Known for many decades as the Finance Building, the Oliver Hill Building is prominently situated on Capitol Square, just east of Jefferson’s Virginia State Capitol building. As an important architectural component of Virginia’s seat of government since the end of the 19th century, the building has had a complicated evolution, and suffered abandonment and neglect for nearly a quarter century, along with repeated threats of demolition, until a renovation and expansion early in the 21st century secured its future. In its present form, the building is a monumental classical-style work fronted by an Ionic portico echoing the State Capitol’s portico. Designed by William Poindexter, and one of his most important commissions, the building was completed in 1892 to serve as the Virginia State Library, which traces its origins to 1823. The Oliver Hill Building symbolizes the Commonwealth’s recognition of the significance of its state library and archives and the need to have these collections housed in an appropriately dignified research facility. The wide façade, terminated by narrow projecting pavilions, is built of buff brick with terra cotta detailing. Its current appearance resulted from a 1929 remodeling of the 1892 design, undertaken to simplify the more elaborate Poindexter façade and better harmonize it with the State Capitol.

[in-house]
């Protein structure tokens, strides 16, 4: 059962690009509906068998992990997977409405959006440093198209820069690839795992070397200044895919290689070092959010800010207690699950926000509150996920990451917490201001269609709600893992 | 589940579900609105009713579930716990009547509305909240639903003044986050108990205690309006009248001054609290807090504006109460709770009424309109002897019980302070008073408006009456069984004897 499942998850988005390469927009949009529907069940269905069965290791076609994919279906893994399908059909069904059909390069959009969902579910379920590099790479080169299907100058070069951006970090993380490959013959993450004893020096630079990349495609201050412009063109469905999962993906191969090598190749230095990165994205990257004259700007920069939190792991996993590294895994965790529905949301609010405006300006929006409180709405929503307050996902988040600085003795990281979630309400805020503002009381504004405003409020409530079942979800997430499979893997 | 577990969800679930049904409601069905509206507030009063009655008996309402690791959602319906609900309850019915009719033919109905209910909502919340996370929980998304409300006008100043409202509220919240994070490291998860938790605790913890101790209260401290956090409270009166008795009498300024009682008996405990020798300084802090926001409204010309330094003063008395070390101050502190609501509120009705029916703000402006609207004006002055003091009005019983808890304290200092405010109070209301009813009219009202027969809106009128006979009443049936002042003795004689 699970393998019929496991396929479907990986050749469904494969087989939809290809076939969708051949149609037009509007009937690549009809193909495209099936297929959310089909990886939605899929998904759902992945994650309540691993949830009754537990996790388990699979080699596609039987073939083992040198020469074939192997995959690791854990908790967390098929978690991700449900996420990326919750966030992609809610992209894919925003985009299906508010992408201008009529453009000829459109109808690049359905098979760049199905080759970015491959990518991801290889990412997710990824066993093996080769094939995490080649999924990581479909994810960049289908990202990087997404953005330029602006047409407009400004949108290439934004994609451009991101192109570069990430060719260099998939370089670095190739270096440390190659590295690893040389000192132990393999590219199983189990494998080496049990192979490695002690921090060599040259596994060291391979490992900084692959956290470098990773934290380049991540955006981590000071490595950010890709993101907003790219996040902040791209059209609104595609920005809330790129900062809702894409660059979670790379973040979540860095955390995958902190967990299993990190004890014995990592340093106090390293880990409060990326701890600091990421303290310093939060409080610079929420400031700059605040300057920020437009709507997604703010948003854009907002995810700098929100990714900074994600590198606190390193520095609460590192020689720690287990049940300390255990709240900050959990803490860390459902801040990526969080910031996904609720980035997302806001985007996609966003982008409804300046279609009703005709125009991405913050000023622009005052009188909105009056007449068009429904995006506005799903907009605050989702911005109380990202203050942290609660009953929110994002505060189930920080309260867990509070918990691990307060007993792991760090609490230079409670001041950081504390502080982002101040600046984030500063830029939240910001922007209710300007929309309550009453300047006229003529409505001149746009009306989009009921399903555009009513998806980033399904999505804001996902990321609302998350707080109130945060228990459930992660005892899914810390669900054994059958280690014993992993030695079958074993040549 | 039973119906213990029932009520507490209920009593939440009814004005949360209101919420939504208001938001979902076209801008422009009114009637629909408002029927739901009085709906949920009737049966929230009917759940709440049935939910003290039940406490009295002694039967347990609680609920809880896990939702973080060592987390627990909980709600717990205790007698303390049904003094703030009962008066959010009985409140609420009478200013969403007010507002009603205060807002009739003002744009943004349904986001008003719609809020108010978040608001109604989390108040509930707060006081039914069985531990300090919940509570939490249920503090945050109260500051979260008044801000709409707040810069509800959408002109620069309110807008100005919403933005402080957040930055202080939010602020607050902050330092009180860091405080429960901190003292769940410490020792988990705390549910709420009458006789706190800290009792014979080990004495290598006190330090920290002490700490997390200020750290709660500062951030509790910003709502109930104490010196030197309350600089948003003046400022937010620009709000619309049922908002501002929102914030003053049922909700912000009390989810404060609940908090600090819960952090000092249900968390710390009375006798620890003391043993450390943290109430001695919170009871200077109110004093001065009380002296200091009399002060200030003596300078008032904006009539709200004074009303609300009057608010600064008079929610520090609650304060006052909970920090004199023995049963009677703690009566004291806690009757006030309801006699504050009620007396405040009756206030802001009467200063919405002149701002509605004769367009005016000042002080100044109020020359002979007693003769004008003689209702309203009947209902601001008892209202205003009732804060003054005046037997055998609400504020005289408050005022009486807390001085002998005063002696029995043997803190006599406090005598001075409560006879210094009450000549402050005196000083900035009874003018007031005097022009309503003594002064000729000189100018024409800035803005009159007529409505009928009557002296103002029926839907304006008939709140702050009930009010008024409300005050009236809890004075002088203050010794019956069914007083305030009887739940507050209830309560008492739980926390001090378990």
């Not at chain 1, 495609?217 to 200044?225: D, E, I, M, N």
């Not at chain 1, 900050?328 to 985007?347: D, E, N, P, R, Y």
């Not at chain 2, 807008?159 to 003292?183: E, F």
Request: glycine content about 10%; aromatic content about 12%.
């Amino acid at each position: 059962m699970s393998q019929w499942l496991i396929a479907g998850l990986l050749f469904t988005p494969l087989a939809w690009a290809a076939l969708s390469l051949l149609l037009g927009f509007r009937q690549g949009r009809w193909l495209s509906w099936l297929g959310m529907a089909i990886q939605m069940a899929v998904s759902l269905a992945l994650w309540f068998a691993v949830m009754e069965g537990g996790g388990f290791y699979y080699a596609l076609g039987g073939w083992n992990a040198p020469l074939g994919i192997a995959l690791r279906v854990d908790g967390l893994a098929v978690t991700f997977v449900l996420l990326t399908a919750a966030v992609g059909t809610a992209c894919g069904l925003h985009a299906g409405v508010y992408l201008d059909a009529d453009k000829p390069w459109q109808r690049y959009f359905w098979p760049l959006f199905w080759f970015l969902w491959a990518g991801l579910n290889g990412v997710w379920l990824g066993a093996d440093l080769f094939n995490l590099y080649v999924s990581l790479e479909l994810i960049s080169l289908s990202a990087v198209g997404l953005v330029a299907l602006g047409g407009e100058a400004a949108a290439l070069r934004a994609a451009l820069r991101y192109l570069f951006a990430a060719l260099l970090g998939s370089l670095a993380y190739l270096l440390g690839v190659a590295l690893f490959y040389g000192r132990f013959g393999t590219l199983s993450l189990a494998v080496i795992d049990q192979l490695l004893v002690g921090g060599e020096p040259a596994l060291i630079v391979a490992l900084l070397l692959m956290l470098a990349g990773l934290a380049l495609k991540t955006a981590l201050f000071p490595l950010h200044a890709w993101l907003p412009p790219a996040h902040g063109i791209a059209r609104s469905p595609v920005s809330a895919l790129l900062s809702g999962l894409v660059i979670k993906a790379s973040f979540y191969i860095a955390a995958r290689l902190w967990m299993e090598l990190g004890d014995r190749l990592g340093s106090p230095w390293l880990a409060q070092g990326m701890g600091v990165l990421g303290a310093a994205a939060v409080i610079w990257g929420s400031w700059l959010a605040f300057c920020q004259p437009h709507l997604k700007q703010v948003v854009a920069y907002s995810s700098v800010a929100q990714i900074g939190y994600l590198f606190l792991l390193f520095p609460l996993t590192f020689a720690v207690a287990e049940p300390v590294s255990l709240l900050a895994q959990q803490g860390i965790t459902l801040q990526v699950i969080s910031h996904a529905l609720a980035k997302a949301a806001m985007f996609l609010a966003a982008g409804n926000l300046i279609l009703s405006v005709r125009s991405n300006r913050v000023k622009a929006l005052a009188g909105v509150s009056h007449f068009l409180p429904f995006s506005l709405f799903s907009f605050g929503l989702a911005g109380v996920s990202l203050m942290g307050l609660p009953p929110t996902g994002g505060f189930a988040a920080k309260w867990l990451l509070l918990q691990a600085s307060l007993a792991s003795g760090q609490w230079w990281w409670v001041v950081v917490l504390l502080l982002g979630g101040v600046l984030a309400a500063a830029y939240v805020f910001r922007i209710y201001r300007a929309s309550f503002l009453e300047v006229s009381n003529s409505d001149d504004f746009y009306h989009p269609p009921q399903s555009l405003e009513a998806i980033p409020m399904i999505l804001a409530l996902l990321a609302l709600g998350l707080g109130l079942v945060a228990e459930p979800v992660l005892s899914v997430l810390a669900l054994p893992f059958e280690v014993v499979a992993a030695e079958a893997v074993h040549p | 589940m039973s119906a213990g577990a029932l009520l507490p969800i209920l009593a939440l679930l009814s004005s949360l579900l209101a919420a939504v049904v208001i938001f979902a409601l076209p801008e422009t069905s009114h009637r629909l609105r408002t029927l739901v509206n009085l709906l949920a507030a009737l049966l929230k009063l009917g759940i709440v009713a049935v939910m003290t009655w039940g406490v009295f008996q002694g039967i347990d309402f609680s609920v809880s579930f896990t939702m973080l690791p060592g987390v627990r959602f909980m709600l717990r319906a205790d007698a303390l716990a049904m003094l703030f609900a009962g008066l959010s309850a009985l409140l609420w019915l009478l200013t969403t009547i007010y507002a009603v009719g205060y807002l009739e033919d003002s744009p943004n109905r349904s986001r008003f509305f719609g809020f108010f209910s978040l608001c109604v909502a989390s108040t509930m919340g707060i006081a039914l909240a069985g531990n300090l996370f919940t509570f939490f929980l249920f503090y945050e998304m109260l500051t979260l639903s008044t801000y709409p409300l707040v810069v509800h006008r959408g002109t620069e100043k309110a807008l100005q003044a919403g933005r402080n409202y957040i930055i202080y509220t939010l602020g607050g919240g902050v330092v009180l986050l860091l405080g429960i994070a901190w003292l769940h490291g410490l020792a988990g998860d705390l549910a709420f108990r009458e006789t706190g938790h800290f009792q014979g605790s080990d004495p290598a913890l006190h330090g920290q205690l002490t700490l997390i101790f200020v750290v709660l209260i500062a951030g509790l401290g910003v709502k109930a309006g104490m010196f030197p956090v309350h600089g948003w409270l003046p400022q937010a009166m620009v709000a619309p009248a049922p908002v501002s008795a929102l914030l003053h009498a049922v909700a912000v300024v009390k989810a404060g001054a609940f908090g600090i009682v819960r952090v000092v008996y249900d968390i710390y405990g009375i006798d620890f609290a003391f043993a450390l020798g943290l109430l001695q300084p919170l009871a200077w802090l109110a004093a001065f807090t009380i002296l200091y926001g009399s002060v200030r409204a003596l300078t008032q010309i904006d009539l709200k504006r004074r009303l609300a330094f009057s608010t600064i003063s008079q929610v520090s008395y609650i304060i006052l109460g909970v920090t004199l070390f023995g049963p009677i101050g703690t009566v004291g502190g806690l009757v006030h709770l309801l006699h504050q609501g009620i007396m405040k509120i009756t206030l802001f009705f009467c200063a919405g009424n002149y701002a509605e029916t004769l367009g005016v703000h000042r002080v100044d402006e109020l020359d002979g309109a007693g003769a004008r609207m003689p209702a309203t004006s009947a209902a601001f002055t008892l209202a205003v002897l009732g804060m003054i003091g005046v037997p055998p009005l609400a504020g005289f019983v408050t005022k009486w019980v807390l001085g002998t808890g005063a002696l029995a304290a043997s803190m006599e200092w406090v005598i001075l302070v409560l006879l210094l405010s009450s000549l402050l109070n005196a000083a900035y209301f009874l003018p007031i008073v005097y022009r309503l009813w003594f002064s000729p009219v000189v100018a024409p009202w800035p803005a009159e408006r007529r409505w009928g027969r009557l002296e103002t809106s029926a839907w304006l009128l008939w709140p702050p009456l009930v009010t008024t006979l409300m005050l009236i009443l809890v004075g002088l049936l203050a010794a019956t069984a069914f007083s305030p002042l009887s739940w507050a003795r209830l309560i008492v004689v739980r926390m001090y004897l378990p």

Many properties listed in the registers are private dwellings and are not open to the public, however many are visible from the public right-of-way. Please be respectful of owner privacy.
VLR: Virginia Landmarks Register
NPS: National Park Service
NRHP: National Register of Historic Places
NHL: National Historic Landmark